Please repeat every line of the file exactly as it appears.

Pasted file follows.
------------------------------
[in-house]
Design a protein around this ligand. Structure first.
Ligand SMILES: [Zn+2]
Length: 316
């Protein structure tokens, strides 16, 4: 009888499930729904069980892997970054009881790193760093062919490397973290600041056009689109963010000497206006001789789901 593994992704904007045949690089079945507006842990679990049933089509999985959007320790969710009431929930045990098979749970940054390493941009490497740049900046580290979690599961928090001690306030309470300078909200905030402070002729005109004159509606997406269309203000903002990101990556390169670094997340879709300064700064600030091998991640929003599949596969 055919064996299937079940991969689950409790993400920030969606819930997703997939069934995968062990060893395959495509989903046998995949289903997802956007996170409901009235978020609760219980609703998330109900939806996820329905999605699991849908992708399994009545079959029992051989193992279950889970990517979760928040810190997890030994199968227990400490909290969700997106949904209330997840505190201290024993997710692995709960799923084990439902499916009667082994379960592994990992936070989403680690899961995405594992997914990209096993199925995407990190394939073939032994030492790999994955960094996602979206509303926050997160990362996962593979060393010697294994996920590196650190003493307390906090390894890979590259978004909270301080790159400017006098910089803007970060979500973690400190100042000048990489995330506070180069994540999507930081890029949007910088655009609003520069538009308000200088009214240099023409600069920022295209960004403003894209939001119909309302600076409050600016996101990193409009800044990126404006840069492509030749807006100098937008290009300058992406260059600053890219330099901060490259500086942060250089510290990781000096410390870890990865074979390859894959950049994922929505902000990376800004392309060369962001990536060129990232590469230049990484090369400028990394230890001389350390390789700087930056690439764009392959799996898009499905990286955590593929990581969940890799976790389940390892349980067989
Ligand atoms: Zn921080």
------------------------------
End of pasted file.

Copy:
[in-house]
Design a protein around this ligand. Structure first.
Ligand SMILES: [Zn+2]
Length: 316
């Protein structure tokens, strides 16, 4: 009888499930729904069980892997970054009881790193760093062919490397973290600041056009689109963010000497206006001789789901 593994992704904007045949690089079945507006842990679990049933089509999985959007320790969710009431929930045990098979749970940054390493941009490497740049900046580290979690599961928090001690306030309470300078909200905030402070002729005109004159509606997406269309203000903002990101990556390169670094997340879709300064700064600030091998991640929003599949596969 055919064996299937079940991969689950409790993400920030969606819930997703997939069934995968062990060893395959495509989903046998995949289903997802956007996170409901009235978020609760219980609703998330109900939806996820329905999605699991849908992708399994009545079959029992051989193992279950889970990517979760928040810190997890030994199968227990400490909290969700997106949904209330997840505190201290024993997710692995709960799923084990439902499916009667082994379960592994990992936070989403680690899961995405594992997914990209096993199925995407990190394939073939032994030492790999994955960094996602979206509303926050997160990362996962593979060393010697294994996920590196650190003493307390906090390894890979590259978004909270301080790159400017006098910089803007970060979500973690400190100042000048990489995330506070180069994540999507930081890029949007910088655009609003520069538009308000200088009214240099023409600069920022295209960004403003894209939001119909309302600076409050600016996101990193409009800044990126404006840069492509030749807006100098937008290009300058992406260059600053890219330099901060490259500086942060250089510290990781000096410390870890990865074979390859894959950049994922929505902000990376800004392309060369962001990536060129990232590469230049990484090369400028990394230890001389350390390789700087930056690439764009392959799996898009499905990286955590593929990581969940890799976790389940390892349980067989
Ligand atoms: Zn921080």